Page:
Carter's trip aims to strengthen fight against Islamic State

Carter's trip aims to strengthen fight against Islamic State

INCIRLIK AIR BASE, Turkey (AP) — Defense Secretary Ash Carter said the U.S. wants Turkey to better control its border with Syria, which could assist block the flow of foreign fighters to the Islamic State, & to more forcefully join the U.S.-led coalition "in the air & on the ground."

Carter was in Turkey Tuesday, saying he is looking for new ways the U.S.-led coalition can strengthen its fight against Islamic State militants in Iraq & Syria.

Carter said he will be asking his military commanders & other officials to come up with new tactics that can be used to attack IS, & identify new contributions that coalition partners can make to accelerate the destruction of the insurgent group.

p>Speaking to reporters traveling with him, Carter said the U.S. wants Turkey to better control its border with Syria, which could assist block the flow of foreign fighters.

And, he said, "We want Turkish forces to join in the air & on the ground as appropriate."

Carter left the U.S. immediately after meeting with President Barack Obama & the National Security Council in the Pentagon on Monday.

"We need to identify & then carry out every conceivable way of accelerating the defeat of ISIL," said Carter, using another acronym for Islamic State. "The president is asking all of us to do more."

Carter & other U.S. & coalition leaders have recently been claiming progress in the fight, saying the Islamic State group is on the defensive & losing some ground.

But progress to retake key Iraq cities, such as Ramadi & Mosul, has been slow. In recent days, Iraqi forces backed by coalition airstrikes have been able to largely encircle Ramadi, yet officials say they can't estimate how long it may take to oust IS from the city.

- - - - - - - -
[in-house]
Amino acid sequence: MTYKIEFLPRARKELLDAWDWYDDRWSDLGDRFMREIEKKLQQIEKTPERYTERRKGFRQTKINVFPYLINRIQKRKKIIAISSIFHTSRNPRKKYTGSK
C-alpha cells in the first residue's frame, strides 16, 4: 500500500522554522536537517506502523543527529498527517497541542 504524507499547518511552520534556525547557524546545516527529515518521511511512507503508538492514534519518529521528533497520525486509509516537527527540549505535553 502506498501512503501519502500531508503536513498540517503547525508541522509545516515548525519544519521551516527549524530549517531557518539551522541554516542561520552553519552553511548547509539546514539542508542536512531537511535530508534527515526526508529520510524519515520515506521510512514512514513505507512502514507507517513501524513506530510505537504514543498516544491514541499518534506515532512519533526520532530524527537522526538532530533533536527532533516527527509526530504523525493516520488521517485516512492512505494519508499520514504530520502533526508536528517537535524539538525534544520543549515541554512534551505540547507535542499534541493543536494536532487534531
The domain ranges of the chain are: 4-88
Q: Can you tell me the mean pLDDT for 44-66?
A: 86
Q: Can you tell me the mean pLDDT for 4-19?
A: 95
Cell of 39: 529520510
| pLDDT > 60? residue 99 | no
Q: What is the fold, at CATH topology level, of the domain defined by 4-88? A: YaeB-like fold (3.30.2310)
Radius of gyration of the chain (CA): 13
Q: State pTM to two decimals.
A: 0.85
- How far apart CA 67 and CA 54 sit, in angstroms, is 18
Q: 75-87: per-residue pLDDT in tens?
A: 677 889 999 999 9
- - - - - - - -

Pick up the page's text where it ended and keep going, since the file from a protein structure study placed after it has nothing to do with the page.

Carter has written letters to various members of the coalition asking for additional support for the Islamic State fight, & in many cases spelling out what each country may be able to do. For some that may be airstrikes, while others may be able to contribute transportation aircraft, intelligence, surveillance or troops on the ground to provide training.

"Over this trip & in the subsequent weeks & months, I'll be asking them each to make the strongest, most robust contributions that they can," said Carter, who is making a weeklong trip to the region.

He said the U.S. would particularly like to see the Gulf countries do more.

"I think that some of Gulf countries could make very significant contributions to encouraging & assisting Sunni communities subjected to ISIL rule to resist ISIL rule — something they can do that's harder for other countries to do," he said.

Separately, Saudi Arabia announced Tuesday that 34 nations have agreed to form a new "Islamic military alliance" to fight terrorism with a joint operations center based in the kingdom's capital, Riyadh.

Officials have been prodding Turkey to do more for months, leading to the greatly expanded use of Incirlik Air Base for airstrikes & surveillance.

At the beginning of September, there were 15 aircraft based at Incirlik, & there are now 59, with more expected in the coming weeks. Of those, 45 are U.S. aircraft, & the rest are from Turkey, Qatar & Germany. The aircraft include fighter jets, drones, & refueling aircraft.

This is Carter's first visit to Incirlik Air Base as secretary, & it comes amid rising tensions between Turkey & Iraq. Iraqi leaders objected when heavily-armed Turkish troops were deployed to a camp in northern Iraq.

Iraq demanded the troops leave immediately, & Turkey on Monday withdrew some of the soldiers from the camp.

Turkey has had troops near the Islamic State group-held city of Mosul in northern Iraq since last year to assist train local Kurdish & Sunni forces, yet the arrival of additional forces earlier this month caused an uproar in Baghdad. Turkey subsequently halted new deployments, yet had refused to withdraw its soldiers.

Turkey has argued the additional troops were needed to protect its trainers from an increased threat from the Islamic State group.

Russia & Turkey moreover have been at odds over Russian flights at Turkey's border. Last month Turkey shot down a Russian warplane, saying it had entered Turkish airspace.

Moscow denied that, & has retaliated by deploying long-range air defense missile systems to its air base in Syria.

Source: “Associated Press”